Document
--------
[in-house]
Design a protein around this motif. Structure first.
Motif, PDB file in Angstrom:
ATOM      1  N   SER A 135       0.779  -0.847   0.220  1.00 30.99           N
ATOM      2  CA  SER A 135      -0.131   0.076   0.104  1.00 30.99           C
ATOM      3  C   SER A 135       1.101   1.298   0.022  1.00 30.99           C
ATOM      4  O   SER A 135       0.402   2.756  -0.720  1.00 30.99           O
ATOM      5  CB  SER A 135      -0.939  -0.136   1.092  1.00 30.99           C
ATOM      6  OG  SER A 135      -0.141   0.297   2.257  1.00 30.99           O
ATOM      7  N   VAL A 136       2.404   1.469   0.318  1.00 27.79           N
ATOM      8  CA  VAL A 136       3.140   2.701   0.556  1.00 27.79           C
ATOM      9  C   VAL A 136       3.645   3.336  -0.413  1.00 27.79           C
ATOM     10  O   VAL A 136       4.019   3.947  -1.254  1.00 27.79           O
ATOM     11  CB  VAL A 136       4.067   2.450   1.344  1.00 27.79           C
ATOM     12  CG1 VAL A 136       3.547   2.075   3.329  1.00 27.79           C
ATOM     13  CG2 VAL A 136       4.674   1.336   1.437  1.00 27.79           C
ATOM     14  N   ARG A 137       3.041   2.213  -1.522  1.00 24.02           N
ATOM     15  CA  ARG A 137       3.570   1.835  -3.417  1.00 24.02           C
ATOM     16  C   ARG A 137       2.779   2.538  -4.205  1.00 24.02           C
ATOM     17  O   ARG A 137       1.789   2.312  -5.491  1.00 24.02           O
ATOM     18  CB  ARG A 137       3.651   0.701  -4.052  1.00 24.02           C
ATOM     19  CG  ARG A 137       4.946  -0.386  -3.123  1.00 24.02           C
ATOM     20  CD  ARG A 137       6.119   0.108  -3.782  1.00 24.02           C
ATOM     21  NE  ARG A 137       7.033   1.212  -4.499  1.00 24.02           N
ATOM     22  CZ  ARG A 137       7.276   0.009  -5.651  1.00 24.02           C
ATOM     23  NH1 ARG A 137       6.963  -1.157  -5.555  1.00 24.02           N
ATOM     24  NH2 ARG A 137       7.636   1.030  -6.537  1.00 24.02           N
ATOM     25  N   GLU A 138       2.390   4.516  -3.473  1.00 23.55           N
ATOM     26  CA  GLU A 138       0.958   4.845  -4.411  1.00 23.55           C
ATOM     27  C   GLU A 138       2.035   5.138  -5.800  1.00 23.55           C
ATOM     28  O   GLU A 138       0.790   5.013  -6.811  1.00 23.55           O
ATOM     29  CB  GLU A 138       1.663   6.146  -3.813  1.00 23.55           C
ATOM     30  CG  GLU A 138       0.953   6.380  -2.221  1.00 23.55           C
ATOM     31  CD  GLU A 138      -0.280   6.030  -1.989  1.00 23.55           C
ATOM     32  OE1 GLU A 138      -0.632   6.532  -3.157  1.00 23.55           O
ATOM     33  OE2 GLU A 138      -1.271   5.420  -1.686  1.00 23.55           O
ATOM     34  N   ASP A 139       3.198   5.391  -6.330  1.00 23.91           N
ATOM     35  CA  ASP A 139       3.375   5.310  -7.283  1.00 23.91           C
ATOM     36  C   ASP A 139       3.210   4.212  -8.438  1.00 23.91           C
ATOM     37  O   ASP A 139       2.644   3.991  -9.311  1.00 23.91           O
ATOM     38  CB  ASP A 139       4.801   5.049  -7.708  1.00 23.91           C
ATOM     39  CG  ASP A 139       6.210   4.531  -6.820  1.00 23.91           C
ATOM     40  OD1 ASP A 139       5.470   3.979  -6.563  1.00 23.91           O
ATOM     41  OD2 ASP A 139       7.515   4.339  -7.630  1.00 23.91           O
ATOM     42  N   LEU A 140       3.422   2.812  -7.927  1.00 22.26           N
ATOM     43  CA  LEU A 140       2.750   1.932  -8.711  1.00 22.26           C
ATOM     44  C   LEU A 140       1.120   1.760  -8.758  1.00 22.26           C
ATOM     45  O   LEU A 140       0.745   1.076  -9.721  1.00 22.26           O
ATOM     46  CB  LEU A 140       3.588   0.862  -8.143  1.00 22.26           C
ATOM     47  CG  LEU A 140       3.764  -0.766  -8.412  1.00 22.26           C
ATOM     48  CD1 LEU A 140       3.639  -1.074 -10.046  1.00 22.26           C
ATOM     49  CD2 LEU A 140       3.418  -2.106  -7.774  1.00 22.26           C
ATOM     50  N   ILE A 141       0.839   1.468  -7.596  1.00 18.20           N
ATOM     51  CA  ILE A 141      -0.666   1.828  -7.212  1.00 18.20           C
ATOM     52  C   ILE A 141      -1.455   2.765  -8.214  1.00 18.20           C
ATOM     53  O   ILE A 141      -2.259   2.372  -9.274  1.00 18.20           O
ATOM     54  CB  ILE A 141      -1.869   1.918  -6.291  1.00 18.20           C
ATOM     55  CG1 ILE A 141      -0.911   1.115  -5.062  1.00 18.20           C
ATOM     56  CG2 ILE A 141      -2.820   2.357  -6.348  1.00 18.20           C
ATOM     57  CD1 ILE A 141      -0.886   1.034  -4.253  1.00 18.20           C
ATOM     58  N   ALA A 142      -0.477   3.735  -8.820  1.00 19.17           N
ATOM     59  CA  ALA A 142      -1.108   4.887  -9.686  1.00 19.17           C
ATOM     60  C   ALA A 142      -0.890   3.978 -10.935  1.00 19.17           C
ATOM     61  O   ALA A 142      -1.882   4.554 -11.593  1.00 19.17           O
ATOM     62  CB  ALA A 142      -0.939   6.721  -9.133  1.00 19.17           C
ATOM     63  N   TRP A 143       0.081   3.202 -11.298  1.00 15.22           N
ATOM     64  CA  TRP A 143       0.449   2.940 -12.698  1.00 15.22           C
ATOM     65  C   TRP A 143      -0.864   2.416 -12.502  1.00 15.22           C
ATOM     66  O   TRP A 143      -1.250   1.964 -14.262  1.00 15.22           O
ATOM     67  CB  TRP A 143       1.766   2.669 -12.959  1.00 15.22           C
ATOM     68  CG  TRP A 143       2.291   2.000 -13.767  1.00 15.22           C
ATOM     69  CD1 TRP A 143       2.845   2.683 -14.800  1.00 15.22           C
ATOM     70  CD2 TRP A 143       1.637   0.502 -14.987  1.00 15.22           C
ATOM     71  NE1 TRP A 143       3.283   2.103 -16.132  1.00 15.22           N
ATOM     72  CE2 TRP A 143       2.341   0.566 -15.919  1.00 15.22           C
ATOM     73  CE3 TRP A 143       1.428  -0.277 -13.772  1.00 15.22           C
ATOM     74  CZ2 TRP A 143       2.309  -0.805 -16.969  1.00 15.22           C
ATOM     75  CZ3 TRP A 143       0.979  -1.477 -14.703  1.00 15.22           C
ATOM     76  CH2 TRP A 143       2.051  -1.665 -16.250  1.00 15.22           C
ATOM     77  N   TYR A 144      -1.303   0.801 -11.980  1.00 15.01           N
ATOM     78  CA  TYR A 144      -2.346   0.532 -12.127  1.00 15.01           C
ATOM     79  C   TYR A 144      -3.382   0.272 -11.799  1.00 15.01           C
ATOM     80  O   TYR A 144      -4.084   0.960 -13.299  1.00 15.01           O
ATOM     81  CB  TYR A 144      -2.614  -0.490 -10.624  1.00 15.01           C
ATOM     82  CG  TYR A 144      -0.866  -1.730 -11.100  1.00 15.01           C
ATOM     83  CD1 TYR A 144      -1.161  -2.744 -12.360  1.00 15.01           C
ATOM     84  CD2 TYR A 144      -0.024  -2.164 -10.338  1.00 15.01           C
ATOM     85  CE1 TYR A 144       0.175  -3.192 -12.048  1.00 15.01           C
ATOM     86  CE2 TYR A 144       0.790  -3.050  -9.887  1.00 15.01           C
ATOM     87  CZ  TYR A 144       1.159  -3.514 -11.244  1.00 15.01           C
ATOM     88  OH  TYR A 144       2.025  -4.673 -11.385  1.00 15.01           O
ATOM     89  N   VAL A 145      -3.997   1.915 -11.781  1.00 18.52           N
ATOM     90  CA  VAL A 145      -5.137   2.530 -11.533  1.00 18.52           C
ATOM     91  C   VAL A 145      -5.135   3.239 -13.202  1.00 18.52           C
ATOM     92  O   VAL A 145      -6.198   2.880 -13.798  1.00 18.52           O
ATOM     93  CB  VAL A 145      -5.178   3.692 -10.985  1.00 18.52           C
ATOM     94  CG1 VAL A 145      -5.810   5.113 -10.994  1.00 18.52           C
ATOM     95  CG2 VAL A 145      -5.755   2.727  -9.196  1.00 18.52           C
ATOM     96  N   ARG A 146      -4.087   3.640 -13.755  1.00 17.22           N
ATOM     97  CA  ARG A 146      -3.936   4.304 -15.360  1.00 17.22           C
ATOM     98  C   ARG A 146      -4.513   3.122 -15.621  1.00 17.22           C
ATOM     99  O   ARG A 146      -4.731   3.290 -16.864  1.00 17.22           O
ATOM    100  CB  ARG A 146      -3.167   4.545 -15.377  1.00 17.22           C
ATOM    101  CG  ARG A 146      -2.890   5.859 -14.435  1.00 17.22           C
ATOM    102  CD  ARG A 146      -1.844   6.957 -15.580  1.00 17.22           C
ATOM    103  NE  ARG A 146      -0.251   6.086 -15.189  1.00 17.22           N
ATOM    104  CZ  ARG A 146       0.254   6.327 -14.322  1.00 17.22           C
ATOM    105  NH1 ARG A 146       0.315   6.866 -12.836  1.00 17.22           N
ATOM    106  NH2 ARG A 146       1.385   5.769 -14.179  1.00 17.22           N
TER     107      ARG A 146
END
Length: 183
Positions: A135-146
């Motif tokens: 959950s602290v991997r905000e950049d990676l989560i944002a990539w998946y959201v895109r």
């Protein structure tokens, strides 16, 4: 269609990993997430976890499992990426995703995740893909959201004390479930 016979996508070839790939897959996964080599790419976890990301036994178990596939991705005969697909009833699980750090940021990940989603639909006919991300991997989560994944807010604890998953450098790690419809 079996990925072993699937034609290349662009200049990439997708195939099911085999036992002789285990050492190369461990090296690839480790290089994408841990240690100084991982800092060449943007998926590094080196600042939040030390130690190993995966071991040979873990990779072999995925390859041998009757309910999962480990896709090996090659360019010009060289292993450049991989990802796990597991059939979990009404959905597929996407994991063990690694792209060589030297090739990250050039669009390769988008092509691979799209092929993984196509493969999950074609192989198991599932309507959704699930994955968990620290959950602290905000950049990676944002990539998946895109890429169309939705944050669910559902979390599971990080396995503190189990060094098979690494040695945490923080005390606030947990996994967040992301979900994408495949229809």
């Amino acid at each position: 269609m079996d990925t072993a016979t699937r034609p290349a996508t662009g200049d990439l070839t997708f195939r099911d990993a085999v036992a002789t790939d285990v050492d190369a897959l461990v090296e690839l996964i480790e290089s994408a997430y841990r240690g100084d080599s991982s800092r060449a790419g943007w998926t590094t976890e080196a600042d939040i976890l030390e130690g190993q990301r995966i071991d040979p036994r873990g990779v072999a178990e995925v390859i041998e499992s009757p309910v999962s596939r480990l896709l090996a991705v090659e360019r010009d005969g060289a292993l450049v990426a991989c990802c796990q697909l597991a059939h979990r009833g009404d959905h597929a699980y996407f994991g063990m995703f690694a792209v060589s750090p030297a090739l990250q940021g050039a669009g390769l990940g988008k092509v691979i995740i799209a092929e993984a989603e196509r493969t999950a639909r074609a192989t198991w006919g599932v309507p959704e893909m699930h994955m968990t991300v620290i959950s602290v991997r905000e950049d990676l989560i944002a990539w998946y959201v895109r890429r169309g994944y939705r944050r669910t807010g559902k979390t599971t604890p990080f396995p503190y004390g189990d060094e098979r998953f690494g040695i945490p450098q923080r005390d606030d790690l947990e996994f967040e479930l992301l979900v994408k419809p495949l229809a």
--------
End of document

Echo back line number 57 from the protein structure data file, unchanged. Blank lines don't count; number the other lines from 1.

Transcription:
ATOM     54  CB  ILE A 141      -1.869   1.918  -6.291  1.00 18.20           C